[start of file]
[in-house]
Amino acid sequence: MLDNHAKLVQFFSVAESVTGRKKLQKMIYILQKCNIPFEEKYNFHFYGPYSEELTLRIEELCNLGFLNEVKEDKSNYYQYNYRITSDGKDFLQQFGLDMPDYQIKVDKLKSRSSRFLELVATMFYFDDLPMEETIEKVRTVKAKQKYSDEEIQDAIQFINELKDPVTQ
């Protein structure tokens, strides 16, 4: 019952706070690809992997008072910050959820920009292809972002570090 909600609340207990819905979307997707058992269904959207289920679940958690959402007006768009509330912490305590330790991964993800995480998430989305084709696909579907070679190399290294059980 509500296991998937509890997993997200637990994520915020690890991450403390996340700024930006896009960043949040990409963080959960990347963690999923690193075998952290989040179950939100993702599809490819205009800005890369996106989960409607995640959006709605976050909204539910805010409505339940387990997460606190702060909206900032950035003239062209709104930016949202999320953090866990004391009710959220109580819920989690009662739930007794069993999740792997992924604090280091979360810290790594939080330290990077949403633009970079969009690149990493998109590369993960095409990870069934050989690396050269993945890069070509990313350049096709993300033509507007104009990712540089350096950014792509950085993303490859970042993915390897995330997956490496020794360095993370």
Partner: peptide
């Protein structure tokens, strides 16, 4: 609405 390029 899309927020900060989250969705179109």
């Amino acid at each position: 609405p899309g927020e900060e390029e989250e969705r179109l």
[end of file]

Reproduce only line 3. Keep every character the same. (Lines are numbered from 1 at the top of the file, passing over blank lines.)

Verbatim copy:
């Protein structure tokens, strides 16, 4: 019952706070690809992997008072910050959820920009292809972002570090 909600609340207990819905979307997707058992269904959207289920679940958690959402007006768009509330912490305590330790991964993800995480998430989305084709696909579907070679190399290294059980 509500296991998937509890997993997200637990994520915020690890991450403390996340700024930006896009960043949040990409963080959960990347963690999923690193075998952290989040179950939100993702599809490819205009800005890369996106989960409607995640959006709605976050909204539910805010409505339940387990997460606190702060909206900032950035003239062209709104930016949202999320953090866990004391009710959220109580819920989690009662739930007794069993999740792997992924604090280091979360810290790594939080330290990077949403633009970079969009690149990493998109590369993960095409990870069934050989690396050269993945890069070509990313350049096709993300033509507007104009990712540089350096950014792509950085993303490859970042993915390897995330997956490496020794360095993370």